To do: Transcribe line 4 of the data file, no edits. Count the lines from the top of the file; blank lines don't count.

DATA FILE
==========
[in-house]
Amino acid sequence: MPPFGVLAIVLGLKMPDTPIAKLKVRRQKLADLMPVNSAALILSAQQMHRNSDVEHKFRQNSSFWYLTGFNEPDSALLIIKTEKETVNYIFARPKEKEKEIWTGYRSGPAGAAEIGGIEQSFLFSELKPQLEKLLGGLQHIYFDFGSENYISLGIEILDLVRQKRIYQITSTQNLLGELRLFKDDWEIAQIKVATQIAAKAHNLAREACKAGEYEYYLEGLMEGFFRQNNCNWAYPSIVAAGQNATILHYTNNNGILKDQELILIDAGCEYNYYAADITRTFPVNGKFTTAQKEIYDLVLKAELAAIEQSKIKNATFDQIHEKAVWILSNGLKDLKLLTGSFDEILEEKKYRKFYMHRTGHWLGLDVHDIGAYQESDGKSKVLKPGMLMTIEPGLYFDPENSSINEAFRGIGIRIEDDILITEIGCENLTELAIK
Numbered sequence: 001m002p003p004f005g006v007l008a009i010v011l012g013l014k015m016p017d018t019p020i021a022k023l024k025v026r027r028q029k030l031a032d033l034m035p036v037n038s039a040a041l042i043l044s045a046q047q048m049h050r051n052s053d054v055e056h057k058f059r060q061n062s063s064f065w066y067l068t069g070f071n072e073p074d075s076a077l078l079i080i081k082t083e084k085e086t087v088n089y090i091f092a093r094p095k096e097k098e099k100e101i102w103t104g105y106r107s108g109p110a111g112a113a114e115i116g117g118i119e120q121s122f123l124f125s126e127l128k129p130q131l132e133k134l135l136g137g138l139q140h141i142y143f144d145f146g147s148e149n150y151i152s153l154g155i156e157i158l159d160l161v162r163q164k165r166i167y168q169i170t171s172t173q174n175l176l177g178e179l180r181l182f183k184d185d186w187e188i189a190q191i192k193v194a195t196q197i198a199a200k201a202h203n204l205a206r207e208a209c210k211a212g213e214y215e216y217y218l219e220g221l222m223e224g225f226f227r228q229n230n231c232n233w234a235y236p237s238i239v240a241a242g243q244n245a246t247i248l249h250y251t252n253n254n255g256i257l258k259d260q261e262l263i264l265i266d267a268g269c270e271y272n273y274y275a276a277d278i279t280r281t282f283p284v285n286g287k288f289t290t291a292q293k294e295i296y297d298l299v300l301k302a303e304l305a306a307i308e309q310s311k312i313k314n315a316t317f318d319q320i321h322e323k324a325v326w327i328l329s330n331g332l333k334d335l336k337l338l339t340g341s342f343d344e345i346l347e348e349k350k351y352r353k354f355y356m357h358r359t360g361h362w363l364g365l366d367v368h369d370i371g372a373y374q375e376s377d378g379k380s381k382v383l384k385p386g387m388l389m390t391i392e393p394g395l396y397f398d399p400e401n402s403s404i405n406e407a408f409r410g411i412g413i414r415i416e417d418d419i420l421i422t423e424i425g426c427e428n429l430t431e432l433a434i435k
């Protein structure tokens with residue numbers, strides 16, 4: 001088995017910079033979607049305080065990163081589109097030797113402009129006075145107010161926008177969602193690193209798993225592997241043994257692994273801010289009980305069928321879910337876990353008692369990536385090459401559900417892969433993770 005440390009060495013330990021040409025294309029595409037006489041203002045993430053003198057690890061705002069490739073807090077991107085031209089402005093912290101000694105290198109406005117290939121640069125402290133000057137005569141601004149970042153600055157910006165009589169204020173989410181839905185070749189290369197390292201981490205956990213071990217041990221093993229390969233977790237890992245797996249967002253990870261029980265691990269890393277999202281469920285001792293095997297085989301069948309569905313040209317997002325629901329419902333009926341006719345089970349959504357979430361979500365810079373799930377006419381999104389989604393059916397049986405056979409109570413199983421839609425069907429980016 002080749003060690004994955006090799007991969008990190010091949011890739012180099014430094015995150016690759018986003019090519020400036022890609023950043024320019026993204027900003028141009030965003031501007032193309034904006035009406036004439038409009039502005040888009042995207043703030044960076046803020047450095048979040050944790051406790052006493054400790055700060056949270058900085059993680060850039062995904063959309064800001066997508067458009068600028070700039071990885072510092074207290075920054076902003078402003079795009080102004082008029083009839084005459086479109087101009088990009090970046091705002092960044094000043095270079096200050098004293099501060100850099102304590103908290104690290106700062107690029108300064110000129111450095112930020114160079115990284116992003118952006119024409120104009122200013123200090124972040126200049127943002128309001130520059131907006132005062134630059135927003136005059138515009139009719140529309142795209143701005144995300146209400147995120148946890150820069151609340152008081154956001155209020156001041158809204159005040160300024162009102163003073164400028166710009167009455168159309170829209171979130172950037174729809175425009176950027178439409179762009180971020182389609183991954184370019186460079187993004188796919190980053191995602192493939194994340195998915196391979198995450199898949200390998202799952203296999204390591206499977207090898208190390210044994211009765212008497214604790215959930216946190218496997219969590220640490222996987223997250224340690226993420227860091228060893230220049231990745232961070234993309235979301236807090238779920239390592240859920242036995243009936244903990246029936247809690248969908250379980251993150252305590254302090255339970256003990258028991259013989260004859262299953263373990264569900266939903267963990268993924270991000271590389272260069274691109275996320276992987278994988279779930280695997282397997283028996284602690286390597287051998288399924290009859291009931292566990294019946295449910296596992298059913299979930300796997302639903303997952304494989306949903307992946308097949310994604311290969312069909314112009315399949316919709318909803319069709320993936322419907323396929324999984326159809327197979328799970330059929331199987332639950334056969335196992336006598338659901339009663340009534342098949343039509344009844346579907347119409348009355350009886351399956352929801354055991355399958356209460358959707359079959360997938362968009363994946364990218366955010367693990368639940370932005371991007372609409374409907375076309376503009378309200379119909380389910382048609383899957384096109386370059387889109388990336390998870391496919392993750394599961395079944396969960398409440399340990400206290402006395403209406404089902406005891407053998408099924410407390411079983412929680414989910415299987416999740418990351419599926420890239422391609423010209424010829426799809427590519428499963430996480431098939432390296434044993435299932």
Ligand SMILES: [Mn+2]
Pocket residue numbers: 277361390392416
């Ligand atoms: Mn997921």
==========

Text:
């Protein structure tokens with residue numbers, strides 16, 4: 001088995017910079033979607049305080065990163081589109097030797113402009129006075145107010161926008177969602193690193209798993225592997241043994257692994273801010289009980305069928321879910337876990353008692369990536385090459401559900417892969433993770 005440390009060495013330990021040409025294309029595409037006489041203002045993430053003198057690890061705002069490739073807090077991107085031209089402005093912290101000694105290198109406005117290939121640069125402290133000057137005569141601004149970042153600055157910006165009589169204020173989410181839905185070749189290369197390292201981490205956990213071990217041990221093993229390969233977790237890992245797996249967002253990870261029980265691990269890393277999202281469920285001792293095997297085989301069948309569905313040209317997002325629901329419902333009926341006719345089970349959504357979430361979500365810079373799930377006419381999104389989604393059916397049986405056979409109570413199983421839609425069907429980016 002080749003060690004994955006090799007991969008990190010091949011890739012180099014430094015995150016690759018986003019090519020400036022890609023950043024320019026993204027900003028141009030965003031501007032193309034904006035009406036004439038409009039502005040888009042995207043703030044960076046803020047450095048979040050944790051406790052006493054400790055700060056949270058900085059993680060850039062995904063959309064800001066997508067458009068600028070700039071990885072510092074207290075920054076902003078402003079795009080102004082008029083009839084005459086479109087101009088990009090970046091705002092960044094000043095270079096200050098004293099501060100850099102304590103908290104690290106700062107690029108300064110000129111450095112930020114160079115990284116992003118952006119024409120104009122200013123200090124972040126200049127943002128309001130520059131907006132005062134630059135927003136005059138515009139009719140529309142795209143701005144995300146209400147995120148946890150820069151609340152008081154956001155209020156001041158809204159005040160300024162009102163003073164400028166710009167009455168159309170829209171979130172950037174729809175425009176950027178439409179762009180971020182389609183991954184370019186460079187993004188796919190980053191995602192493939194994340195998915196391979198995450199898949200390998202799952203296999204390591206499977207090898208190390210044994211009765212008497214604790215959930216946190218496997219969590220640490222996987223997250224340690226993420227860091228060893230220049231990745232961070234993309235979301236807090238779920239390592240859920242036995243009936244903990246029936247809690248969908250379980251993150252305590254302090255339970256003990258028991259013989260004859262299953263373990264569900266939903267963990268993924270991000271590389272260069274691109275996320276992987278994988279779930280695997282397997283028996284602690286390597287051998288399924290009859291009931292566990294019946295449910296596992298059913299979930300796997302639903303997952304494989306949903307992946308097949310994604311290969312069909314112009315399949316919709318909803319069709320993936322419907323396929324999984326159809327197979328799970330059929331199987332639950334056969335196992336006598338659901339009663340009534342098949343039509344009844346579907347119409348009355350009886351399956352929801354055991355399958356209460358959707359079959360997938362968009363994946364990218366955010367693990368639940370932005371991007372609409374409907375076309376503009378309200379119909380389910382048609383899957384096109386370059387889109388990336390998870391496919392993750394599961395079944396969960398409440399340990400206290402006395403209406404089902406005891407053998408099924410407390411079983412929680414989910415299987416999740418990351419599926420890239422391609423010209424010829426799809427590519428499963430996480431098939432390296434044993435299932």